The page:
Time is our most Precious commodity

As I listened to my granddaughters speaking and singing today, and my grandson talking last weekend, I found, and find comfort. In my adult life, I have always loved the sound of the voices of children. Most of all the voices of my own children. As I get older, I cannot now remember how my children sounded as they were growing up. It’s a thing that escapes me.

I know I anticipated each of them saying “real” words. Dada. Momma. I really enjoyed that “gobbledygook” process that the human mind takes to develop language, in each of them. Similar, yet oh so different. Individuals. People who my wife and I created together, because we wanted something in common, beyond our own love for each other. We wanted children. To us it represented our love for each other, and our determination to see that particular love continue on, beyond us, through those children.

Never did I anticipate everything that would be included in being a parent. Nobody can. Not even the best planners ever do. It’s the Chaos theory in real life.

But, back to the voices. I really wish there had been the capability back in the 70’s and 80’s to so easily record events in life, such as we have now. I can just point my phone at Ellie, like I did a few times last week, and push a button…..and make a mini movie of her. Laughing, dancing, singing. Another push of a button shares that movie with many people.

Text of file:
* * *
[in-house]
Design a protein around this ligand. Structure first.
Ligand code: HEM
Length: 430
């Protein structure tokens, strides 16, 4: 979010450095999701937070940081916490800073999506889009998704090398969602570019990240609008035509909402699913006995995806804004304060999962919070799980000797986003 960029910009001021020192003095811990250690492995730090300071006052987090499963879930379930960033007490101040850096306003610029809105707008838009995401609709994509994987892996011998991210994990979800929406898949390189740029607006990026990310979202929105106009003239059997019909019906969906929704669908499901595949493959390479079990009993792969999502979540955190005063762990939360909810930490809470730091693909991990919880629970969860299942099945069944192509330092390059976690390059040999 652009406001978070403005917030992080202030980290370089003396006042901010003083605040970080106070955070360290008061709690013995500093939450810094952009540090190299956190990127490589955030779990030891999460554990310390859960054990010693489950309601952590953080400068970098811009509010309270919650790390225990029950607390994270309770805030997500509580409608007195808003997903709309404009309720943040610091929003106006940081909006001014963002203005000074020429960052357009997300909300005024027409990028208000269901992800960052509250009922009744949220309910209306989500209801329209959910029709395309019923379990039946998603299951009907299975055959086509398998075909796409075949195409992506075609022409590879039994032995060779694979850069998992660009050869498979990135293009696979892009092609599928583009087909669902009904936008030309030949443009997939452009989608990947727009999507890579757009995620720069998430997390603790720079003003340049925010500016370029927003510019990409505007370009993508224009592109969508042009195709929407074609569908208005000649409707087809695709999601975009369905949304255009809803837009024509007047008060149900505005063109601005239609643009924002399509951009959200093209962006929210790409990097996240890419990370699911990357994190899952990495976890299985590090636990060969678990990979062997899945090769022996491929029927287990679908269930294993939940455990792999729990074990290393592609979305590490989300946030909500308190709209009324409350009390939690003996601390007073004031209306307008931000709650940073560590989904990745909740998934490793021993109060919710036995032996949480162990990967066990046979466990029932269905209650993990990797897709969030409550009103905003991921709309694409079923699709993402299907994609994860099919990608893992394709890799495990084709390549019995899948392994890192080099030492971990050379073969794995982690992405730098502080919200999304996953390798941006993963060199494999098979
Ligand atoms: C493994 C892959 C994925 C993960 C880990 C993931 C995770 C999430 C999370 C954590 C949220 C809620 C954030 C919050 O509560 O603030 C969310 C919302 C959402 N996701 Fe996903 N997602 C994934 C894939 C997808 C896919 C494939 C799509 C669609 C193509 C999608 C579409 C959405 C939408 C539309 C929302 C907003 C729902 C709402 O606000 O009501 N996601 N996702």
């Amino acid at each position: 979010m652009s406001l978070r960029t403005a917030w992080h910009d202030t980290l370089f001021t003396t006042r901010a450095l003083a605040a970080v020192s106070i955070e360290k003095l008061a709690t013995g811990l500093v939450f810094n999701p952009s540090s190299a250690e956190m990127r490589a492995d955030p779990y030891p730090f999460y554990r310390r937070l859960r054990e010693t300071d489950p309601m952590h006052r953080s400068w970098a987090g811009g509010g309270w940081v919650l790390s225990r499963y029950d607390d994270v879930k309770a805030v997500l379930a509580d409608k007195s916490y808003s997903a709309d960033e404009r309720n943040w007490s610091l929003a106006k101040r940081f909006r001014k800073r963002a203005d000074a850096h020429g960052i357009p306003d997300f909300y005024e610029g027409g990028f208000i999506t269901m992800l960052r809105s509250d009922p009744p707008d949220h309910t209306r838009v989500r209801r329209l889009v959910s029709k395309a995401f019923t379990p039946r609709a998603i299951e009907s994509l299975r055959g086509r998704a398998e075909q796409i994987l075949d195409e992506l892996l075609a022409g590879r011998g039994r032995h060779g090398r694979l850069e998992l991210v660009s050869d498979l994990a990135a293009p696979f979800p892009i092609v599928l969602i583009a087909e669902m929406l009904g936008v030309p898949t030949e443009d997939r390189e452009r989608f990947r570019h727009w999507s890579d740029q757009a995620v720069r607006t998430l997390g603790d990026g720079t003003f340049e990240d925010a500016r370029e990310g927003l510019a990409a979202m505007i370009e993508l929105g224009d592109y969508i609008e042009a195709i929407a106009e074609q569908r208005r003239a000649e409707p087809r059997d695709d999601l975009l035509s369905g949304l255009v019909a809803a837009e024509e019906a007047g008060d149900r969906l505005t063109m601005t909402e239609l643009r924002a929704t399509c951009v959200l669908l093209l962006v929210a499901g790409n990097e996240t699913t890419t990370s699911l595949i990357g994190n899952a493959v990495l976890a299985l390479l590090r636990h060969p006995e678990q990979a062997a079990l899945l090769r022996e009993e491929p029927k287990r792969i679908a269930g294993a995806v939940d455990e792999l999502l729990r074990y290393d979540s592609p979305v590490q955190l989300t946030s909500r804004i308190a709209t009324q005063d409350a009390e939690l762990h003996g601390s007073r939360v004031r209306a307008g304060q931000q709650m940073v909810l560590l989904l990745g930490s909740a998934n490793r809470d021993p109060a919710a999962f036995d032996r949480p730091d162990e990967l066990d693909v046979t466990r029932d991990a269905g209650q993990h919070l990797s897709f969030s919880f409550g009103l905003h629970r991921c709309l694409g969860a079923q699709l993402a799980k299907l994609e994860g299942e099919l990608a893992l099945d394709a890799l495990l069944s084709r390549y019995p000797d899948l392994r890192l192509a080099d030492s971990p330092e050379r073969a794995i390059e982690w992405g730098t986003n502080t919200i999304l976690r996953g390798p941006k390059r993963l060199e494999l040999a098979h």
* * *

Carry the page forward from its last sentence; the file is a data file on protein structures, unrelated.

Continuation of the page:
Tonight Rue is here, and I hear some of Jessy in her voice, and a couple of intonations of Kirsten. It’s deja vu.

I sometimes wish the mind worked like a video tape machine, and we could rewind it when we wanted to do so, and watch our past times, like a movie. I’ve seen Forrest Gump a dozen times, and it’s a great movie, but it’d be really nice to see an hour and a half of the day my daughter learned to walk, or the days my two sons learned to say Daddy (or Wawry, as it was) To hear that one phrase again would be worth more than gold to me.

But, time is relentless…and uni-directional. You’d better pay more attention to those things you may be taking for granted today, those things that will never, ever happen again. You’ll be sitting around in a few years, like I am today, and wishing you knew the exact location of those eight track video tapes your Dad took. I know I’ve got them, and I plan on finding them and having them digitized. Then, I probably won’t have to watch Forrest Gump anymore for a long, long time.

I hope I have the time to get it done. I think I do.

Time is our most precious commodity, no matter what we think, and that’s the truth.

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